The City of Irvine is finalizing an historic land deal to acquire and shut down the All American Asphalt plant in north Irvine — incorporating the site into a 700-acre Gateway Preserve that will provide access to the 20,000-acre north Irvine Open Space Preserve.
The asphalt plant has been the source of swirling controversy for years as its noxious odors and toxic emissions have affected thousands of residents throughout north Irvine.
During the February 28th City Council meeting, City Manager Oliver Chi — followed by Councilmembers Larry Agran and Mike Carroll — announced that the asphalt plant will be shut down later this year. Chi stated that the land transaction agreements are expected to go to the City Council at the end of March for final approval, followed by a five-month escrow period. (Agran and Carroll, both lawyers, helped guide the complex negotiations.)
Councilmember Agran said, “I am pleased that my Council colleagues finally heard the voices of the community and stepped up to protect Irvine citizens.”
The key to the deal is the Irvine Company land transfer — transferring to the City of Irvine 475 acres surrounding the asphalt plant. The transfer includes 80 acres that the City will zone for residential use consistent with the Master Plan for north Irvine. The land will then be sold to developers to pay for the cost of acquiring the asphalt plant property, dismantling the plant, and cleaning up the land in order to establish the Gateway Preserve.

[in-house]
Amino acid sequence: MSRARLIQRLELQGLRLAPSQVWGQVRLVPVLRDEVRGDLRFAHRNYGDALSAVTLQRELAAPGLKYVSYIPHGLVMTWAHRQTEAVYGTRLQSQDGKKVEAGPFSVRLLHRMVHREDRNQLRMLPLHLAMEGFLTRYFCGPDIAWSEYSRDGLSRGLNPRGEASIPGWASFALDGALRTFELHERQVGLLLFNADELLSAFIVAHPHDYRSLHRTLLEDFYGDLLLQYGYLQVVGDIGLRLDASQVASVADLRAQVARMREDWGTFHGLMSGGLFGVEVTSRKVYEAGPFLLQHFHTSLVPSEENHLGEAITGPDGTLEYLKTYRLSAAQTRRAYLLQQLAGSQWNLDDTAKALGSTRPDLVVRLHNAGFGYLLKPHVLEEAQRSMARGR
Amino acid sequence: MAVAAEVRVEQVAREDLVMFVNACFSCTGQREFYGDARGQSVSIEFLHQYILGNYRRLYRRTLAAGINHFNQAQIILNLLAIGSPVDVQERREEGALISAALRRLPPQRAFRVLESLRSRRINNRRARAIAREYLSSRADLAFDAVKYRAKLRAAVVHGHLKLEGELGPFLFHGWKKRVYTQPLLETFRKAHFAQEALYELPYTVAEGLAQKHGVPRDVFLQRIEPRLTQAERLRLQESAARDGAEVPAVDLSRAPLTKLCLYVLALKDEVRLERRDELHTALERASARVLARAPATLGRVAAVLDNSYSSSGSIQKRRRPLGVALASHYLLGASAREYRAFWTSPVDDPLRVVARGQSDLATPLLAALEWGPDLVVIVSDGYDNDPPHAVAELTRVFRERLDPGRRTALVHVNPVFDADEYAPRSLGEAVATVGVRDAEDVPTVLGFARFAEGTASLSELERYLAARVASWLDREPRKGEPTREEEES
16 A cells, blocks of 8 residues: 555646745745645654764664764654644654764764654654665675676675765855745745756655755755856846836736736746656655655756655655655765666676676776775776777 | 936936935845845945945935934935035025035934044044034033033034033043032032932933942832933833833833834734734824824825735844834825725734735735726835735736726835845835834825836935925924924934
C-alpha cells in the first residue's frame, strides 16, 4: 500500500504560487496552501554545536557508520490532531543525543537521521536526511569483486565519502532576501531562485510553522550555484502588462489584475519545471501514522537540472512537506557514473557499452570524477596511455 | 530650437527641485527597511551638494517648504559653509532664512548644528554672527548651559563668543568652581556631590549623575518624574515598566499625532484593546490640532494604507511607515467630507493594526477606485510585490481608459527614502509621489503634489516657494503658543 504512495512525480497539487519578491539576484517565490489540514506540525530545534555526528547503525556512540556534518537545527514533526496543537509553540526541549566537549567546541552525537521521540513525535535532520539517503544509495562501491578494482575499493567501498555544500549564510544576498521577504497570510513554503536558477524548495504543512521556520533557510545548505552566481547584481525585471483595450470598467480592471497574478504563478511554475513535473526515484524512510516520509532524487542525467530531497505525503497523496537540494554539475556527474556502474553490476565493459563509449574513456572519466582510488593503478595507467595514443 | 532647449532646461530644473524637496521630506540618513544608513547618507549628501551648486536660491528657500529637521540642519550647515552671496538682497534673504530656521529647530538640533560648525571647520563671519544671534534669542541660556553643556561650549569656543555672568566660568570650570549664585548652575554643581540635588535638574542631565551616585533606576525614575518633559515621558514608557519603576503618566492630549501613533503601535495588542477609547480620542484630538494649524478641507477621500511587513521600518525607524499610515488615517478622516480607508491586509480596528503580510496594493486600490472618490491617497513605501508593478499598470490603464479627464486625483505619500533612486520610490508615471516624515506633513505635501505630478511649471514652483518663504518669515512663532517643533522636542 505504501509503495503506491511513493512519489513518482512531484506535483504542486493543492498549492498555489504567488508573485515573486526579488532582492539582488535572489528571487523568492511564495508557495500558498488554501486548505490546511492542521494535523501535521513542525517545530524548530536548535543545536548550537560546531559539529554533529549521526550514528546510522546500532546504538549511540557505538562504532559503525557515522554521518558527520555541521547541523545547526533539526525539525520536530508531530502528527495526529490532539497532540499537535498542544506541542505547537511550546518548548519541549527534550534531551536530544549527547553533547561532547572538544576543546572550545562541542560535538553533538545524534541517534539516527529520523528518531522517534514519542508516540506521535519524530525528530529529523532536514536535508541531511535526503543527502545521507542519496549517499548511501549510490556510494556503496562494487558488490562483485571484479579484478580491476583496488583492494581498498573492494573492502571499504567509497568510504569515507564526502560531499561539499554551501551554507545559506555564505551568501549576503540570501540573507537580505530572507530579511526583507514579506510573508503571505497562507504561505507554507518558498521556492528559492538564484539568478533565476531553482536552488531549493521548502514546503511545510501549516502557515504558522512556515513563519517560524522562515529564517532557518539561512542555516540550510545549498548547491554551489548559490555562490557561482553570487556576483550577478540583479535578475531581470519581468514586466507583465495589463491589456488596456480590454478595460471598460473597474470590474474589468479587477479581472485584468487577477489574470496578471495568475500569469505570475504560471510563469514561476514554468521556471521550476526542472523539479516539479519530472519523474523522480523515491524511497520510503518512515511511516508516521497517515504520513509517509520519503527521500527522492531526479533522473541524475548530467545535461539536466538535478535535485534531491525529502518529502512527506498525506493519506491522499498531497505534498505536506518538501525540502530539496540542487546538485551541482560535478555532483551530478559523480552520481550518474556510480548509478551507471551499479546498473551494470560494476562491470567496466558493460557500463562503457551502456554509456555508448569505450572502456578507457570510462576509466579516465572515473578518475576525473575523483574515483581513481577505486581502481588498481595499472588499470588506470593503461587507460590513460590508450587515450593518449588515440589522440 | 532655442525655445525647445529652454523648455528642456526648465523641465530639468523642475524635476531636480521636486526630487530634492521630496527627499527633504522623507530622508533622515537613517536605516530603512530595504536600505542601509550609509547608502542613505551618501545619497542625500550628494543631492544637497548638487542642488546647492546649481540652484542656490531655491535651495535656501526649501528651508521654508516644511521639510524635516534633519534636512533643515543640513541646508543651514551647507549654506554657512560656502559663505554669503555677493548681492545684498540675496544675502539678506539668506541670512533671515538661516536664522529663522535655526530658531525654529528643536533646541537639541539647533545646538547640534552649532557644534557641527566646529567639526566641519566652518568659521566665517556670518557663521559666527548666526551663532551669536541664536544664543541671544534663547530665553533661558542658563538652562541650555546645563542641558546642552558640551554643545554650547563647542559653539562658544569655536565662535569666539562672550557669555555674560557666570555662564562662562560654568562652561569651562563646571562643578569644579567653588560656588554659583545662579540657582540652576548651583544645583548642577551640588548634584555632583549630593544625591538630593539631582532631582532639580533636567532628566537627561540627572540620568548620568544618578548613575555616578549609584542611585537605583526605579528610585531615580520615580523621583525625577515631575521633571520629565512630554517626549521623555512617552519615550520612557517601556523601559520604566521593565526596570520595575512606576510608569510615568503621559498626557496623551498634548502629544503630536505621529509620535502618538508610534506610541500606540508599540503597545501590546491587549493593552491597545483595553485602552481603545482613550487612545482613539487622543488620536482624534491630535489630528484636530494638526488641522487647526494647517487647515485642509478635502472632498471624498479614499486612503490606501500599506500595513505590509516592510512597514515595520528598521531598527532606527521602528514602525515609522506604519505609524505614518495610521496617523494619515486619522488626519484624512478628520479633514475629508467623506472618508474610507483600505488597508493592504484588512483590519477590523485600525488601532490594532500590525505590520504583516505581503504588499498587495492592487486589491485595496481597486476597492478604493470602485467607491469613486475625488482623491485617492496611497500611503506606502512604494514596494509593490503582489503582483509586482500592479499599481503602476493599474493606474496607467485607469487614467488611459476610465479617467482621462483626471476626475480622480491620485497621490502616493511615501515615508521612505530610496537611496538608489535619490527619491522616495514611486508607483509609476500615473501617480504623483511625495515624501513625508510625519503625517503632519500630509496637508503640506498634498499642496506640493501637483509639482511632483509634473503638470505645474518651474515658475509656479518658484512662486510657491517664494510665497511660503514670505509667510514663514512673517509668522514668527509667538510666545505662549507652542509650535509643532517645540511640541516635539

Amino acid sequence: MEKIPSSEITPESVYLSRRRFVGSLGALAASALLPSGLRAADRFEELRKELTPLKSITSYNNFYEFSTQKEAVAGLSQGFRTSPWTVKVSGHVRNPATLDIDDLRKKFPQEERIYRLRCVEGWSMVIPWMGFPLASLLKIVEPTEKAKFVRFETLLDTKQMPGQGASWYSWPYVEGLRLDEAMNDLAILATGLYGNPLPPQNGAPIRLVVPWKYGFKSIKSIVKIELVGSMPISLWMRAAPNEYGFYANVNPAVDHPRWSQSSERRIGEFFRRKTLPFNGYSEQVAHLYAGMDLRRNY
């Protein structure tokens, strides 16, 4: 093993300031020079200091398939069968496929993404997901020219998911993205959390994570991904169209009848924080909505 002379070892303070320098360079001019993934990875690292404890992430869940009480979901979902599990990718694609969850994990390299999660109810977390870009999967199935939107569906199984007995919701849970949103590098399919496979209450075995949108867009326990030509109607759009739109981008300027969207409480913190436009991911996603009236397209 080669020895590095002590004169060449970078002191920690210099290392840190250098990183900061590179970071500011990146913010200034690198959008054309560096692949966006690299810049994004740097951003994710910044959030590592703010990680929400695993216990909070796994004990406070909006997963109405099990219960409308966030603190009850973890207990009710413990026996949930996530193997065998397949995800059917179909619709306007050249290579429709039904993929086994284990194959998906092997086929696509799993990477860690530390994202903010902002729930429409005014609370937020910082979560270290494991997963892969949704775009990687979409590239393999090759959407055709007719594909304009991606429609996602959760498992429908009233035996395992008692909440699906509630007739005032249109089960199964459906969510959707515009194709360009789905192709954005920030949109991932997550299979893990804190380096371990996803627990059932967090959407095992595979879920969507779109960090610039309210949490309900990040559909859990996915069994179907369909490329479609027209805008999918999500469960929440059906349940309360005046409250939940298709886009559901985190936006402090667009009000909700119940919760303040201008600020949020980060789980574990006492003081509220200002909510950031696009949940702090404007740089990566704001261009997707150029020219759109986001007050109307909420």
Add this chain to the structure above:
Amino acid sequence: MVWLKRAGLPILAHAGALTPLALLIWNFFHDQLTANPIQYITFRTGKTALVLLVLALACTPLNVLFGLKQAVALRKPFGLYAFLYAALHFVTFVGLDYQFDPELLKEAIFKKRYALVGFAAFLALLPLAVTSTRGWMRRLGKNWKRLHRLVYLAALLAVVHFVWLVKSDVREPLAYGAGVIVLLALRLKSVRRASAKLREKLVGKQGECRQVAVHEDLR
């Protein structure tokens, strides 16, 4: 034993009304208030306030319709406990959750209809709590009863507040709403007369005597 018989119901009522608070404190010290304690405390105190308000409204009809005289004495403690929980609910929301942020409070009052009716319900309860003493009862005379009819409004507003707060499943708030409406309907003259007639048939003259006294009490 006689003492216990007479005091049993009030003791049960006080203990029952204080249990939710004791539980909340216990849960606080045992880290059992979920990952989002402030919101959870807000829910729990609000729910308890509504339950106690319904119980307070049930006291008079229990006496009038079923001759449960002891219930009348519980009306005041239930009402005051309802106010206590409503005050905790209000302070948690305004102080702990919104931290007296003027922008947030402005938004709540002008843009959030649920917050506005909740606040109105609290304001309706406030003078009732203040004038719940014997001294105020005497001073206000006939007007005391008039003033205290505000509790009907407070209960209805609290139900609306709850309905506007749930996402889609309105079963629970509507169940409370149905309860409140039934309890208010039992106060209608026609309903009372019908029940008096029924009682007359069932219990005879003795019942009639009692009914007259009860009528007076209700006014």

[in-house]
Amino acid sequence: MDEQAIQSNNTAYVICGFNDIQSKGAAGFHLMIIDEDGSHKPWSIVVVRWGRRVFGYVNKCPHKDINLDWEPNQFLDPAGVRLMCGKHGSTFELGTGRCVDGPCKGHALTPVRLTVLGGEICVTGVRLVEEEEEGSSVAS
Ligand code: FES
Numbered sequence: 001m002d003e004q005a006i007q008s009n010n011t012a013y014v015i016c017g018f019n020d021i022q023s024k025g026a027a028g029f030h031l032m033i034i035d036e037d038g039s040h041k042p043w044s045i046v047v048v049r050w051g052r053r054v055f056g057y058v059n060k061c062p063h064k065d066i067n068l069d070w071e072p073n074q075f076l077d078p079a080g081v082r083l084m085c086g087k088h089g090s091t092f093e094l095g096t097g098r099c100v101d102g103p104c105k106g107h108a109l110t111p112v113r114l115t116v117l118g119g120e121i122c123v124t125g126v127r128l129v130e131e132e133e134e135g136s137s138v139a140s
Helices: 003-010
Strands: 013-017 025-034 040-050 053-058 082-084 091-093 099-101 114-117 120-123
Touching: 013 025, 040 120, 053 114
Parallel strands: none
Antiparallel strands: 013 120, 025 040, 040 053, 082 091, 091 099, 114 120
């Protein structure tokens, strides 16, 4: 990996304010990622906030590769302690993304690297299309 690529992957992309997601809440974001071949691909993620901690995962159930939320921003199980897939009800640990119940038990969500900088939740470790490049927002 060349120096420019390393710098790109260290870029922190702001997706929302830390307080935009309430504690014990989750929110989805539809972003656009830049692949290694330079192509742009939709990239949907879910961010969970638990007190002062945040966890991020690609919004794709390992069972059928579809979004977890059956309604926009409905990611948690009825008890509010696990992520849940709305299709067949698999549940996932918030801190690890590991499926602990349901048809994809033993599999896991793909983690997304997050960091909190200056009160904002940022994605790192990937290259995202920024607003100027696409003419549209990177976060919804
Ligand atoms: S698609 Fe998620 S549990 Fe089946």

The 700-acre Gateway Preserve will include an extension of the Jeffrey Open Space Trail to the north Irvine Open Space, which includes a system of hiking and biking trails; native habitat restoration areas; two parks featuring interpretive displays; native gardens and other amenities.
Carroll called the result “unbelievable, unthinkable a few months ago. We are on track to not only close the plant but also replace it with something grand.”
The Agran-Carroll subcommittee operated with “the full support of the entire Council,” said Agran, who thanked his Council colleagues, City staff, the Irvine Company and All American Asphalt for working together.
Agran concluded his remarks by saying: “I especially want to thank the Irvine residents who, as citizen activists, were determined to make a difference. They deserve our gratitude. They urged us to go faster, to do more. And, in the end, that’s what we did.”
More information on the Gateway Preserve concept plan is available on the City’s website by clicking here.
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